Spring forward to a heart attack

Did you know that adjusting the clock up by an hour in accordance with daylight savings time increases you chance of a heart attack?

Circadian rhythms are biological cycles that occur in humans, animals, insects, plants, and even bacteria with a period of approximately (circa) one day (diem). These rhythms are determined internally by a part of our hypothalamus and are synchronized perfectly to our 24-hr days by the sun and other cues. This internal clock mediates daily variation in everything from hormone levels, to sleep/wake cycles, feeding behaviour, thermoregulation, to bowel movements and cardiovascular function, among many others.

It is largely due to these predictable circadian rhythms that risk of a myocardial infarction (heart attack) is significantly highest in the morning (by about 40% as compared to other times in the day). Right as we awake, our cardiovascular system is in the most compromised state –systolic blood pressure and heart rate show the largest upward spike in the morning, blood vessels ability to dilate in response to increased blood flow is compromised (relative endothelial dysfunction), blood clots are more likely to form, and the ability to break them up is at its lowest point in the day. Is it any wonder then, that the first snowfall – shoveled early in the morning by people at risk – always leads to a spike in heart attacks?

Interestingly, the 1hr shift experienced by citizens of many countries (most notably Europe and North America) during the fall and spring in accordance with daylight savings time also has a detrimental effect on cardiovascular risk. The problem lies in the fact that our circadian clock takes time to adjust, and it is best adjusted by changes in day/night or light/dark cycles – not simply the adjustment of our watch. Thus, the few mornings after the clock change our internal clocks are at odds with our watches and particularly in the spring – when one hour of sleep is lost, we wake up with our cardiovascular system being in an even more compromised state than normal.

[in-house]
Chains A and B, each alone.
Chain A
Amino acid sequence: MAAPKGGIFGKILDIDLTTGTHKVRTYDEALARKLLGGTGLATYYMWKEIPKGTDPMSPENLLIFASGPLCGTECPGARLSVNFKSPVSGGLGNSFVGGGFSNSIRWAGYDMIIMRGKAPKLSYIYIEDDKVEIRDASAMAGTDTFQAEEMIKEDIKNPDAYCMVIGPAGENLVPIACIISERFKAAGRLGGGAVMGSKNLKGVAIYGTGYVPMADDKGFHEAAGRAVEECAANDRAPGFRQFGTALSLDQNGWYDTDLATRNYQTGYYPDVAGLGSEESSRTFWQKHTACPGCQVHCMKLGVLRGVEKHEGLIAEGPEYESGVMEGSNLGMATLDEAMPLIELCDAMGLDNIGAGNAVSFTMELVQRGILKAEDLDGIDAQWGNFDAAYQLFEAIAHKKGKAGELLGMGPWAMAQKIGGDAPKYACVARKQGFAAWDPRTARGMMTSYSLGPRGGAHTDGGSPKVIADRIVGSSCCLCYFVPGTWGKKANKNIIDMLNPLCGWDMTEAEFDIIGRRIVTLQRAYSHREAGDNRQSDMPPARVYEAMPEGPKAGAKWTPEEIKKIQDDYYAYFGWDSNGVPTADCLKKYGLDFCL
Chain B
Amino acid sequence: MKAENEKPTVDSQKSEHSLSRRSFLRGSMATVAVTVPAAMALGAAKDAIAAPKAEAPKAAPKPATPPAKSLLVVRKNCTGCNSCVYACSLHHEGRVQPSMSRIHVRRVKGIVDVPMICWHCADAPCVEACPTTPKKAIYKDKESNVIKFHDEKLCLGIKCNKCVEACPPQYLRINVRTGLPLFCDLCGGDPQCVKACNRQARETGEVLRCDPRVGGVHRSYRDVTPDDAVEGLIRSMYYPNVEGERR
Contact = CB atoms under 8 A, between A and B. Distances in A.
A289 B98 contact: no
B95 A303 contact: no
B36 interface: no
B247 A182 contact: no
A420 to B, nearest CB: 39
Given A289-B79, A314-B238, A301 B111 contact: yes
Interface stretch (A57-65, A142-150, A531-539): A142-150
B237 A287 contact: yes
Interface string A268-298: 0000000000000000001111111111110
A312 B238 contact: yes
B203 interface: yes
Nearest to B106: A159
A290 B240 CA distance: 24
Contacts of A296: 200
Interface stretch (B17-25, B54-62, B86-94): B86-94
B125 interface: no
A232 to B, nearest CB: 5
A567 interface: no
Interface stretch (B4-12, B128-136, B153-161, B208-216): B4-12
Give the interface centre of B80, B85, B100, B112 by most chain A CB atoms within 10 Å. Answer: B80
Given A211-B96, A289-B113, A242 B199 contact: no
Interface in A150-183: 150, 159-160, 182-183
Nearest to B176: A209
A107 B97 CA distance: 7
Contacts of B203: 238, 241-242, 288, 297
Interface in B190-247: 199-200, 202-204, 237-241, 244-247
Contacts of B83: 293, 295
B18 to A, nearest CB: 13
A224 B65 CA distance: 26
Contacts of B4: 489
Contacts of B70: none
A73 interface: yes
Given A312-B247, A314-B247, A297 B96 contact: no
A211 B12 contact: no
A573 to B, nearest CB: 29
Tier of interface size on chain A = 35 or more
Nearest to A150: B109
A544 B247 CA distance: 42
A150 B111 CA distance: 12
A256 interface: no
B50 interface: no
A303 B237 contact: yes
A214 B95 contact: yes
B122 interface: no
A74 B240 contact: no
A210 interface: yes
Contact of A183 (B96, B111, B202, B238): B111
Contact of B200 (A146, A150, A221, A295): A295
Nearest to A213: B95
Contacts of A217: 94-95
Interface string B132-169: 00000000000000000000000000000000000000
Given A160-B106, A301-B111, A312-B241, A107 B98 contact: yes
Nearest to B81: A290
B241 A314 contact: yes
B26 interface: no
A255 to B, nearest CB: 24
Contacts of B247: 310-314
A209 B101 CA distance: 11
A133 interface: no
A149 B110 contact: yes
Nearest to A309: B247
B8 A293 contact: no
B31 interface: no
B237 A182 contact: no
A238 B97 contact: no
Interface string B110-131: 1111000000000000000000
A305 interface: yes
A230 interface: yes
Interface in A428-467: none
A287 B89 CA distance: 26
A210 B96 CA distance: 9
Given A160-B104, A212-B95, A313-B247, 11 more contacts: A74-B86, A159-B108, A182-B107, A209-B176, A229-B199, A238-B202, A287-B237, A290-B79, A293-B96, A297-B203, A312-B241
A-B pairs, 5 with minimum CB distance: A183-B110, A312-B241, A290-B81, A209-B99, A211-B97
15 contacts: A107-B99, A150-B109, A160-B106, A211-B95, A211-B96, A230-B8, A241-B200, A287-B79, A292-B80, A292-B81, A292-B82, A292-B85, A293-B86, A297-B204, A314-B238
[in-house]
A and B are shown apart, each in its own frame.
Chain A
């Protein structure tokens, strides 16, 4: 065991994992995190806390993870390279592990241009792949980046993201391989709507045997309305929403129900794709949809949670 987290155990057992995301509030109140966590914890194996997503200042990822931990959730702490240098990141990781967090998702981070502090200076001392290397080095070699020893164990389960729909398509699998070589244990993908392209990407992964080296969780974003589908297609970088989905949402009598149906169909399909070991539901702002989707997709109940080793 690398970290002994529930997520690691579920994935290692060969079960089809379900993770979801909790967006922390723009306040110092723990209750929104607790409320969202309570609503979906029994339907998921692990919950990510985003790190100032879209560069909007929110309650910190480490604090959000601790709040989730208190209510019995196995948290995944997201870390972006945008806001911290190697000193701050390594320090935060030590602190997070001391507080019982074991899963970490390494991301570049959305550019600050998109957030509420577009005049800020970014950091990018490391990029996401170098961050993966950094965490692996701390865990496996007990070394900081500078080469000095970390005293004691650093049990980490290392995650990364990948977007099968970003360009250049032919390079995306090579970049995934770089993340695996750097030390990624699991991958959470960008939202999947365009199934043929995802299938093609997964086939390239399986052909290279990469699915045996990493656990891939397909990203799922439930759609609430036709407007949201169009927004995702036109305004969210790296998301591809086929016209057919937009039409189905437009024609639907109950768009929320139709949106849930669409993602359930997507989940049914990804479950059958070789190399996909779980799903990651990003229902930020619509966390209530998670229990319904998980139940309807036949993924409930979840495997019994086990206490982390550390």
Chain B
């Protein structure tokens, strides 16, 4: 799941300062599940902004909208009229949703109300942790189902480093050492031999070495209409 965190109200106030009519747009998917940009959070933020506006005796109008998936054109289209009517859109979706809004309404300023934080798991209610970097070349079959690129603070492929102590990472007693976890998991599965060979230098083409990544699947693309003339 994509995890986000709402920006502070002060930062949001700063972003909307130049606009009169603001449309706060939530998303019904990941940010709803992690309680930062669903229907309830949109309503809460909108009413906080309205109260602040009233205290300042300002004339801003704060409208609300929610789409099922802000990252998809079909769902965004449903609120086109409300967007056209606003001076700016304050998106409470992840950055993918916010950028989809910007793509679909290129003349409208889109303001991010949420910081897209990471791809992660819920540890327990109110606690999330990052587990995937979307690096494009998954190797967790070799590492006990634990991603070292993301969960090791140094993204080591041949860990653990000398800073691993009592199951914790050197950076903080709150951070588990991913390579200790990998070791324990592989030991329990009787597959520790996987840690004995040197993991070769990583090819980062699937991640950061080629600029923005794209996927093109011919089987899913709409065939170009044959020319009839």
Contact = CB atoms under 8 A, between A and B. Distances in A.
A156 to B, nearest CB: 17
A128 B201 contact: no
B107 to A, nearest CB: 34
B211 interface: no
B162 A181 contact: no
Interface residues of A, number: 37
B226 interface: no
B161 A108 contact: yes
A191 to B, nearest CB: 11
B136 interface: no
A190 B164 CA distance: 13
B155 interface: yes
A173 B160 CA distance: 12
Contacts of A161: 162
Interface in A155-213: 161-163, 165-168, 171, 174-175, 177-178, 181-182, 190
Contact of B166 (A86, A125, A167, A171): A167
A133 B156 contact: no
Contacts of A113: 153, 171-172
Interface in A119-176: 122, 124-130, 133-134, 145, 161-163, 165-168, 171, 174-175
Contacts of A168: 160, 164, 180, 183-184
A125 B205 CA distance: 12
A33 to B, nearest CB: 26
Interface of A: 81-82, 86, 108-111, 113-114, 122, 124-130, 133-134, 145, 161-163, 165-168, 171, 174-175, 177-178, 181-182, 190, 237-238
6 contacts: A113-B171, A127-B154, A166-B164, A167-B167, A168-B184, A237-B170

A 2009 study in the New England Journal of Medicine clearly shows this effect. In the study the authors investigated the number of heart attacks in Sweden the week before and the week after the 1hr clock changes in both the spring and fall. As would be predicted, individuals had an approximately 5% greater risk of having a heart attack immediately after the ‘spring ahead’ clock change compared to the previous week.

The authors rightfully suggest that individuals at risk of cardiovascular complications would be better off changing their clocks more gradually (i.e. by 15 minutes, starting on the Friday before the change). More importantly, avoiding strenuous activity and stress right in the morning may also be a valid suggestion.

An even better strategy from a public health standpoint would be to do away with daylight savings time altogether.


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4 Responses to Spring forward to a heart attack

  1. Robin Gillespie says:

    But if I don’t set my clock forward, I am sure to have a heart attack from all the times I am late relative to the surrounding world.

  2. Dammit Corey says:

    Screw DST!!!!! Abolish it!

  3. Doc Red says:

    Again, think this way.
    A heart is not an organ but a MUSCLE. The heart is the most electrically active organ in the body, generating a pulsed electromagnetic field that is 10 times stronger than that of the brain. What are its requirement to generate electricity? Namely; negative ion oxygen, muscle glycogen and importantly Magnesium inside the heart muscles. Very common we lost more Mg daily due to unregulated intake of Calcium in drugs and in milk.

  4. Kea Giles says:

    I agree. We should do away with daylight savings time.